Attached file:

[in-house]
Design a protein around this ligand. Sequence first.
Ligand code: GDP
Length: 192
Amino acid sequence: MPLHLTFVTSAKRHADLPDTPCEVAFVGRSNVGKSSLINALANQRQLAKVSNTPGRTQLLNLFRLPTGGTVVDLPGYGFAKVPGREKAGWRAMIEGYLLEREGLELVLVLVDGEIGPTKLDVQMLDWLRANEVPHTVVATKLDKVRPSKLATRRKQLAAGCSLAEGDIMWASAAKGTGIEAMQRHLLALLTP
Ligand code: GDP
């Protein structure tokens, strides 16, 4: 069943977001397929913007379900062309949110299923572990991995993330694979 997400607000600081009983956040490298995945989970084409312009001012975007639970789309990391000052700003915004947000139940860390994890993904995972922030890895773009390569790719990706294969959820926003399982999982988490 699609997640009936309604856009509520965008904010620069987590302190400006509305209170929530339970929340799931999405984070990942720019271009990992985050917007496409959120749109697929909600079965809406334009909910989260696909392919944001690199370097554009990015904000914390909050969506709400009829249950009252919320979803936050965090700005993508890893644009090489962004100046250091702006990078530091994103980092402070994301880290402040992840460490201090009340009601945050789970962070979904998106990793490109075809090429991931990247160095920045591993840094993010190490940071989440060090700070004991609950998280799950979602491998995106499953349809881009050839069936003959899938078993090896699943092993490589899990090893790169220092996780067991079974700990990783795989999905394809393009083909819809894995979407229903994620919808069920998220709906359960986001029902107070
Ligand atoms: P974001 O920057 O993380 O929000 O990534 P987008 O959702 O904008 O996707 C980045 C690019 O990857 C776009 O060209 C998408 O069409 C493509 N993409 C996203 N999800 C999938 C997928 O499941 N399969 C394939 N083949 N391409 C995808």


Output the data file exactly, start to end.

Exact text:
[in-house]
Design a protein around this ligand. Sequence first.
Ligand code: GDP
Length: 192
Amino acid sequence: MPLHLTFVTSAKRHADLPDTPCEVAFVGRSNVGKSSLINALANQRQLAKVSNTPGRTQLLNLFRLPTGGTVVDLPGYGFAKVPGREKAGWRAMIEGYLLEREGLELVLVLVDGEIGPTKLDVQMLDWLRANEVPHTVVATKLDKVRPSKLATRRKQLAAGCSLAEGDIMWASAAKGTGIEAMQRHLLALLTP
Ligand code: GDP
């Protein structure tokens, strides 16, 4: 069943977001397929913007379900062309949110299923572990991995993330694979 997400607000600081009983956040490298995945989970084409312009001012975007639970789309990391000052700003915004947000139940860390994890993904995972922030890895773009390569790719990706294969959820926003399982999982988490 699609997640009936309604856009509520965008904010620069987590302190400006509305209170929530339970929340799931999405984070990942720019271009990992985050917007496409959120749109697929909600079965809406334009909910989260696909392919944001690199370097554009990015904000914390909050969506709400009829249950009252919320979803936050965090700005993508890893644009090489962004100046250091702006990078530091994103980092402070994301880290402040992840460490201090009340009601945050789970962070979904998106990793490109075809090429991931990247160095920045591993840094993010190490940071989440060090700070004991609950998280799950979602491998995106499953349809881009050839069936003959899938078993090896699943092993490589899990090893790169220092996780067991079974700990990783795989999905394809393009083909819809894995979407229903994620919808069920998220709906359960986001029902107070
Ligand atoms: P974001 O920057 O993380 O929000 O990534 P987008 O959702 O904008 O996707 C980045 C690019 O990857 C776009 O060209 C998408 O069409 C493509 N993409 C996203 N999800 C999938 C997928 O499941 N399969 C394939 N083949 N391409 C995808």